Rhymes for the times…..

by | Mar 26, 2020 | News and reports

Rhymes Recollected wasn’t able to meet this week. Here are some thoughts and poems, relevant to the current situation chosen by Audrey who wrote most of the accompanying text – John added a little.

Our theme this week was Home – what irony in our self -isolating -social -distancing situation this week ! Who could have foreseen the aptness of this choice when we planned our programme.

I had chosen  these two poems to share at our group :

 I Remember I Remember…   by Thomas Hood the description of the garden in verse two transports me to my Dad’s lovingly tended Rose garden which on a recent drive past has been modernised with high fencing and a hot tub!

 Song   by Henry  W Longfellow   Longfellow describes the safety of Home” a hawk is hovering in the sky , to stay at home is best ”  Coronavirus hovers unseen and the guidelines are for us stay at home.

 Home represents sanctuary, comfort, love for some, but for others challenges and danger.

“Language must be the bridge which connects us” Mary Jean Chan a contemporary poet wrote in an article for World Poetry Day 21 March 2020. She wonders if verse can offer some unique solace as we attempt to weather the storm together yet apart.

Her poem Safe Space II (2017) begins:

Wash your hands. Rub soap into foam into lost hands. Focus on the running tap, the way your hands momentarily disappear and you feel safe again….”

 Mary Jean Chan mentions realising very recently that the poem was actually subconsciously drawn from her experience as a 12-year-old during Sars epidemic in Honk Kong in 2003.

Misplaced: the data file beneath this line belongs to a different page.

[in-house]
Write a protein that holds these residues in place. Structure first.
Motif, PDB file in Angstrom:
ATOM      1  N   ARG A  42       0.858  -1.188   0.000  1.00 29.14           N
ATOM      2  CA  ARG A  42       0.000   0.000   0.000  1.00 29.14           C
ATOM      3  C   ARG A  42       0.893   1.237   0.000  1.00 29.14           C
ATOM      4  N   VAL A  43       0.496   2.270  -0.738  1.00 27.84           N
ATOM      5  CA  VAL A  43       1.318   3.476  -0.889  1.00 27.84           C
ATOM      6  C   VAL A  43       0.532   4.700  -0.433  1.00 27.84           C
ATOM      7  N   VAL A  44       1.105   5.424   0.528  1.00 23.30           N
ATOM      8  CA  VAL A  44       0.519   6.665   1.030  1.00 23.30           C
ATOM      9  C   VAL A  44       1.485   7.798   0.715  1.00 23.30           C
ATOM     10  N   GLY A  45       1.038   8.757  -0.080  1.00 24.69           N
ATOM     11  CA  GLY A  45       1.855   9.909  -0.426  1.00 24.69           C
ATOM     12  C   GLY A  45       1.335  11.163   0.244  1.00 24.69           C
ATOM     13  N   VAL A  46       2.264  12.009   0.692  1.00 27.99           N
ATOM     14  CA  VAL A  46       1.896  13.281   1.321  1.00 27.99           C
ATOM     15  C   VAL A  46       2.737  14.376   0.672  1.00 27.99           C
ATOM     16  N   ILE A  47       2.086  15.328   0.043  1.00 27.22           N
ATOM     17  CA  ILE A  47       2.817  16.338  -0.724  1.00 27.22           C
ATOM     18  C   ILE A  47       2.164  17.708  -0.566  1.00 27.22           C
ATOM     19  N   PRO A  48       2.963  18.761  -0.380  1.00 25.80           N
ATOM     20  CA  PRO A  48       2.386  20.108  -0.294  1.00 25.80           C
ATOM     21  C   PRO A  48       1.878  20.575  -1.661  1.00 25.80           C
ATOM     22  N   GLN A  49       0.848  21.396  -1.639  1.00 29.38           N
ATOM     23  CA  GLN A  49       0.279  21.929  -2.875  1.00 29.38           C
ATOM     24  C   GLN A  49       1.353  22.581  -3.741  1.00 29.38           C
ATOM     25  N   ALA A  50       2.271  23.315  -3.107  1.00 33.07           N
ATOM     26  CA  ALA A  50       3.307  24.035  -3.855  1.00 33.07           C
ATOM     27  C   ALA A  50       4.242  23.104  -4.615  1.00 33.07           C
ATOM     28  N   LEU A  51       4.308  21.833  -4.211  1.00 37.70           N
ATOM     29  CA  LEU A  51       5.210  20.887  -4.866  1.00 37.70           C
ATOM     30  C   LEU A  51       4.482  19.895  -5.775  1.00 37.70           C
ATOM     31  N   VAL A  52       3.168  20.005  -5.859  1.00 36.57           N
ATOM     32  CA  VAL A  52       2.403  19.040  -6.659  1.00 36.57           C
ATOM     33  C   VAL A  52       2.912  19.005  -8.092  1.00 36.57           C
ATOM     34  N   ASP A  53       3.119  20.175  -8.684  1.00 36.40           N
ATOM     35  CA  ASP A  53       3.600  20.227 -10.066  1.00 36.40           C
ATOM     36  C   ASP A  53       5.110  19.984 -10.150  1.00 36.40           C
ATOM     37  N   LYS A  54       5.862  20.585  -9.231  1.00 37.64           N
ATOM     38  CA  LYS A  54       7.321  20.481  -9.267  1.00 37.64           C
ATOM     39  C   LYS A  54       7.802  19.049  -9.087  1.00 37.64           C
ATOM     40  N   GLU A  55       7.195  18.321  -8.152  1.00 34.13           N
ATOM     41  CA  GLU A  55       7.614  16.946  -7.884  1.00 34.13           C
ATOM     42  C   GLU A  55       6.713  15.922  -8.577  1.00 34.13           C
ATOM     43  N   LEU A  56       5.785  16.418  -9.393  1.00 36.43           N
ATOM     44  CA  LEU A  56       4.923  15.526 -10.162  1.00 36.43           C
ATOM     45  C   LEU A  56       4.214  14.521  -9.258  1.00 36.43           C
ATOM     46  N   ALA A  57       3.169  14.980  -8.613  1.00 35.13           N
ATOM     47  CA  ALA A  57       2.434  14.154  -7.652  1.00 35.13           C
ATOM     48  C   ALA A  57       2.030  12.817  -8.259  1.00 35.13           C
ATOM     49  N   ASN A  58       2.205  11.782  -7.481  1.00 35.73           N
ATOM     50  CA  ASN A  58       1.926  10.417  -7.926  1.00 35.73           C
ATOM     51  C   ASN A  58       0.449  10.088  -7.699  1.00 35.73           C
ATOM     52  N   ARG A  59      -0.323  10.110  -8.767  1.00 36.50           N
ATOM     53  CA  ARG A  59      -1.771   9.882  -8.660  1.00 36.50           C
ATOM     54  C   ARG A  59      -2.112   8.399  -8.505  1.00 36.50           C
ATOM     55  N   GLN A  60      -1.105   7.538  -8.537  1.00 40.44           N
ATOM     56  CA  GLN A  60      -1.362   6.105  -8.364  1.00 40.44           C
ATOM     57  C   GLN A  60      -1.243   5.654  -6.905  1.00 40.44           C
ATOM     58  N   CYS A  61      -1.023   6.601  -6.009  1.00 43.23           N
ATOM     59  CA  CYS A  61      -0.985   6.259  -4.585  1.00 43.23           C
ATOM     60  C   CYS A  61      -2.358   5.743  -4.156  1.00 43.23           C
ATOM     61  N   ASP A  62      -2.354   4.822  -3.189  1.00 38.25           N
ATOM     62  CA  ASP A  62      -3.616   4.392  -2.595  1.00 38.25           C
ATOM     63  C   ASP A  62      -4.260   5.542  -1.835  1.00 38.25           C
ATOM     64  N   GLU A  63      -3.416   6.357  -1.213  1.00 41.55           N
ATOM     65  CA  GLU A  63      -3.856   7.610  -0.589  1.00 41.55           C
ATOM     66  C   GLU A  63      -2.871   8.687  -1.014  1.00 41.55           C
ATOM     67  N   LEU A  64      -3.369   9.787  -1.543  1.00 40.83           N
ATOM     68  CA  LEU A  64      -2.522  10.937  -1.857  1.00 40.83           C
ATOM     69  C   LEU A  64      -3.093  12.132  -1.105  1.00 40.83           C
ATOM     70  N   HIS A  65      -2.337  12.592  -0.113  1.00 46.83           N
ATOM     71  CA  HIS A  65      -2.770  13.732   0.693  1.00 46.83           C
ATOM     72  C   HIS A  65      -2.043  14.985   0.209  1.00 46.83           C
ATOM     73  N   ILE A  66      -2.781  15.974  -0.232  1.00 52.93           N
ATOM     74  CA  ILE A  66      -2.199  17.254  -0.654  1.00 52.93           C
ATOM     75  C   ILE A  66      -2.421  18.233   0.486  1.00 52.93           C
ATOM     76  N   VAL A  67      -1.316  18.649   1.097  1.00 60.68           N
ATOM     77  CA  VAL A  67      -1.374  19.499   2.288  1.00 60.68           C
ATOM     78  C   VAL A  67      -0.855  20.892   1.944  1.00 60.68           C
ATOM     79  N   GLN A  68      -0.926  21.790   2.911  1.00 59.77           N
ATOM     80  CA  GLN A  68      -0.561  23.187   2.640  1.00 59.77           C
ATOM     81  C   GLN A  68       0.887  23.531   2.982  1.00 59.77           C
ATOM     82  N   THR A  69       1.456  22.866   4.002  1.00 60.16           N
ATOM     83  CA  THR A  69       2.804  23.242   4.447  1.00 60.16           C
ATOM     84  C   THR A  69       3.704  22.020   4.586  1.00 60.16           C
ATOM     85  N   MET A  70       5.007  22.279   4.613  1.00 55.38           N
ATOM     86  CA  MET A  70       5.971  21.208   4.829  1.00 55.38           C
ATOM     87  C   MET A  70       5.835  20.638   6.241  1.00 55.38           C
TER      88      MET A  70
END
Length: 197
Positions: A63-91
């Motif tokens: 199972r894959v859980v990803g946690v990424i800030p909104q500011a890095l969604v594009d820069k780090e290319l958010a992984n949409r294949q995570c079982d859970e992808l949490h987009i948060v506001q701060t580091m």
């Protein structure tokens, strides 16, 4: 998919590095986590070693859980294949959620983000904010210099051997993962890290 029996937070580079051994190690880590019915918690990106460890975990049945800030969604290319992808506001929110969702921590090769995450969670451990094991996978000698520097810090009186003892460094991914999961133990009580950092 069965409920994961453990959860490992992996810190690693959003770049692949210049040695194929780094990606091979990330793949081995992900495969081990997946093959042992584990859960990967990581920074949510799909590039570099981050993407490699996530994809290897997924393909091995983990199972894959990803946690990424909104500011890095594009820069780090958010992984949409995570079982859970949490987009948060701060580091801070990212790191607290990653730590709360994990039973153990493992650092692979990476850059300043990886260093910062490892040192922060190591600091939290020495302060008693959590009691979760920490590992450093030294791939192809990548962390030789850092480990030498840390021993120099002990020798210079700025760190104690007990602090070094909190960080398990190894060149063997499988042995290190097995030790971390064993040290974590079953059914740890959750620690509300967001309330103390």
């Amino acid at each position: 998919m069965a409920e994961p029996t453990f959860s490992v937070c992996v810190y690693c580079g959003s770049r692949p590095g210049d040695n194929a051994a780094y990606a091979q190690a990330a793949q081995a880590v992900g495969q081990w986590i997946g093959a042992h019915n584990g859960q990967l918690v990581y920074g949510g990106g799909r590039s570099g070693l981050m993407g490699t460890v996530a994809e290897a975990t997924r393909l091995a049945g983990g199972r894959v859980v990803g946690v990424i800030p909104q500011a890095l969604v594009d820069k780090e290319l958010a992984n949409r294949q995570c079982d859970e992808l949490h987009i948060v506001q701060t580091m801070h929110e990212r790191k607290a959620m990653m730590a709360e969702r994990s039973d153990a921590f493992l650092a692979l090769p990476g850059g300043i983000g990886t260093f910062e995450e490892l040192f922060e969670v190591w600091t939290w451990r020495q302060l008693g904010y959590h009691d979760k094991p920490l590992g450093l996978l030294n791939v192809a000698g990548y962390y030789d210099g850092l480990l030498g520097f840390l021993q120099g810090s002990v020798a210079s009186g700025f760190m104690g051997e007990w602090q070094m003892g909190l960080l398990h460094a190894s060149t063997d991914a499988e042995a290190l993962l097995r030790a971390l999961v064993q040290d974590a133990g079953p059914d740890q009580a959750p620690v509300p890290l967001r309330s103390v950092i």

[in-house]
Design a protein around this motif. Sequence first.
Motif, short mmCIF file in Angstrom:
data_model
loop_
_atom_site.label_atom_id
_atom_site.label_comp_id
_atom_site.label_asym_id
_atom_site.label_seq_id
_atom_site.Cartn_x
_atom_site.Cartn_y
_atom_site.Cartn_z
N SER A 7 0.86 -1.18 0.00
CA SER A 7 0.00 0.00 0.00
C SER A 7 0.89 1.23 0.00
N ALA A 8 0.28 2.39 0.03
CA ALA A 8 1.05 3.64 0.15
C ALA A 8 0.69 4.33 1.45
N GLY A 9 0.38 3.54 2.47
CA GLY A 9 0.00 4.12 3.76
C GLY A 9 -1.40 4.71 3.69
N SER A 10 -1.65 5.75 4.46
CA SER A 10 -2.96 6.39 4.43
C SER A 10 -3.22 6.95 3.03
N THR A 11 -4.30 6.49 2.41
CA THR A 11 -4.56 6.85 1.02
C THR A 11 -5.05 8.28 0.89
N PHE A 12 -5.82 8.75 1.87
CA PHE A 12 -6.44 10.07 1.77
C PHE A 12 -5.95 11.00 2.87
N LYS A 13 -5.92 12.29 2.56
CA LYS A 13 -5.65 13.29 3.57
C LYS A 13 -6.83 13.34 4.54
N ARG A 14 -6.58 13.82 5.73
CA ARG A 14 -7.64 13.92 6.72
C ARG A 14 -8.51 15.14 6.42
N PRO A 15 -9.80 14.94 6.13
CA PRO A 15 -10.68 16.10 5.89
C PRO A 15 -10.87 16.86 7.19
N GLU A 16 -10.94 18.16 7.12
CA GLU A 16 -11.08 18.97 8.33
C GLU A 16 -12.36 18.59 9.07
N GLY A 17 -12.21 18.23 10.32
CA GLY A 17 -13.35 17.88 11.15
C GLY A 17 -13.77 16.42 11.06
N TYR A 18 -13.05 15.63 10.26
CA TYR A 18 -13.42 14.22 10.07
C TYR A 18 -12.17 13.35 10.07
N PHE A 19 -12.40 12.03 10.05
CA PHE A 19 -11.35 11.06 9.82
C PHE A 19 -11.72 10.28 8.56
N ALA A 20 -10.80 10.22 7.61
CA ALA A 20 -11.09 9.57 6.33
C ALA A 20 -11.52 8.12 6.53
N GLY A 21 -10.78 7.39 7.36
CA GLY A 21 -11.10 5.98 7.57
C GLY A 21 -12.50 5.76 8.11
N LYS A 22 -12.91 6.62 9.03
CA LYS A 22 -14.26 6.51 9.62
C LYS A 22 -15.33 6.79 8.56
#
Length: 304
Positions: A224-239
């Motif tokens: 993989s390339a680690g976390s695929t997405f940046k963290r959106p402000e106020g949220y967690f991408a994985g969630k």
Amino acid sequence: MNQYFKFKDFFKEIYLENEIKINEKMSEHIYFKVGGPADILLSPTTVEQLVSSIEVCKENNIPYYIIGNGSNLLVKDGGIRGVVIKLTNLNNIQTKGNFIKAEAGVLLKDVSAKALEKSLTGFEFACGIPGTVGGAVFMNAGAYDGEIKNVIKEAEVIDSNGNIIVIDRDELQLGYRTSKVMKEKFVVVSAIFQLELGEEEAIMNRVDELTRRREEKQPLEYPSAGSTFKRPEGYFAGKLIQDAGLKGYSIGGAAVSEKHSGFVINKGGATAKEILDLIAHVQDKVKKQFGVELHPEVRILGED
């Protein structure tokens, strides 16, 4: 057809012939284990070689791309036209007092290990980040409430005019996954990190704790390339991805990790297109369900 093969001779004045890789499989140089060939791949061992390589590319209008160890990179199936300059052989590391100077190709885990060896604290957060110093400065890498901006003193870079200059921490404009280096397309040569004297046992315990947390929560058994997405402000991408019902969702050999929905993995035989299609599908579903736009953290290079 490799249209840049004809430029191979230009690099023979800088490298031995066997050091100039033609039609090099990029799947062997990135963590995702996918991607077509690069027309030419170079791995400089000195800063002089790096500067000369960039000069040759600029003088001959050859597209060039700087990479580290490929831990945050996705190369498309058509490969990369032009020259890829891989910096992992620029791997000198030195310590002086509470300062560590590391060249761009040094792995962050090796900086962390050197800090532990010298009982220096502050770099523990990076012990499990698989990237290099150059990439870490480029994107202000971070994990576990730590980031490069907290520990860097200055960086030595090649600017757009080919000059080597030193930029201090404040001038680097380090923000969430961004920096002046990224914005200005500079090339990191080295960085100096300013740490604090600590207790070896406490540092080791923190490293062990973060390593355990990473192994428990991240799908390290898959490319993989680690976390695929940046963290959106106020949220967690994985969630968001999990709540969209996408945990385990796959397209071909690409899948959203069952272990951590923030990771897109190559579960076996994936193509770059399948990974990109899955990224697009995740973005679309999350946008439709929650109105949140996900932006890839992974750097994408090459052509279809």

There is something about the brevity and precision of a poem which can often express concisely a feeling or an experience . An awareness of shared experience , a new insight,  consolation, a chance to pause, to contemplate, to enjoy the images and rhythms.

I was sent this moving poem yesterday  And  the People Stayed Home by Kitty O’Meara which seems to offer a positive vision for the future. It was written within the last few days by a retired Wisconsin teacher with an Irish background to help her cope with her own anxiety in the face of Coronavirus.

 The poem, which you can hear read here, reads:

And the people stayed home. And read books, and listened, and rested, and exercised, and made art, and played games, and learned new ways of being, and were still. And listened more deeply. Some meditated, some prayed, some danced. Some met their shadows. And the people began to think differently.

And the people healed. And, in the absence of people living in ignorant, dangerous, mindless, and heartless ways, the earth began to heal.

And when the danger passed, and the people joined together again, they grieved their losses, and made new choices, and dreamed new images, and created new ways to live and heal the earth fully, as they had been healed.

Simon Armitage the Poet Laureate offers Lockdown. The first half describes  the village of Eyam which closed itself off in the 17th century to stop the spread of plague “star-crossed lovers on either side of the quarantine line whose wordless courtship spanned the river till she came no longer.’ There is such poignant power in those last five sparse words.

 The second half references a  Sanskrit story of a distant husband “sending word to his lost wife on a passing cloud..” Images of “streams like necklaces, fan-tailed peacocks, painted elephants, embroidered bedspreads of meadows and hedges” evoke the beauty of our Earth and a challenge for us to  slow down, to review our frantic, hectic ways.

 Armitage suggests that Poetry asks us to be considerate of language and also of our world and of each other.  He says it is “by definition consoling” because “it often asks us just to focus and think and be contemplative.”

There’s a message to be to be learned, he adds “about taking things easy and being patient and trusting the Earth and maybe having to come through this slightly slower, and wiser, at the other end – given that one thing that’s accelerated the problem is our hectic lives and our proximities and the frantic ways we go about things.”

I think that’s a fitting way to end. 

PS our next theme is “My Favourites”. If you would like to share yours, do get in touch!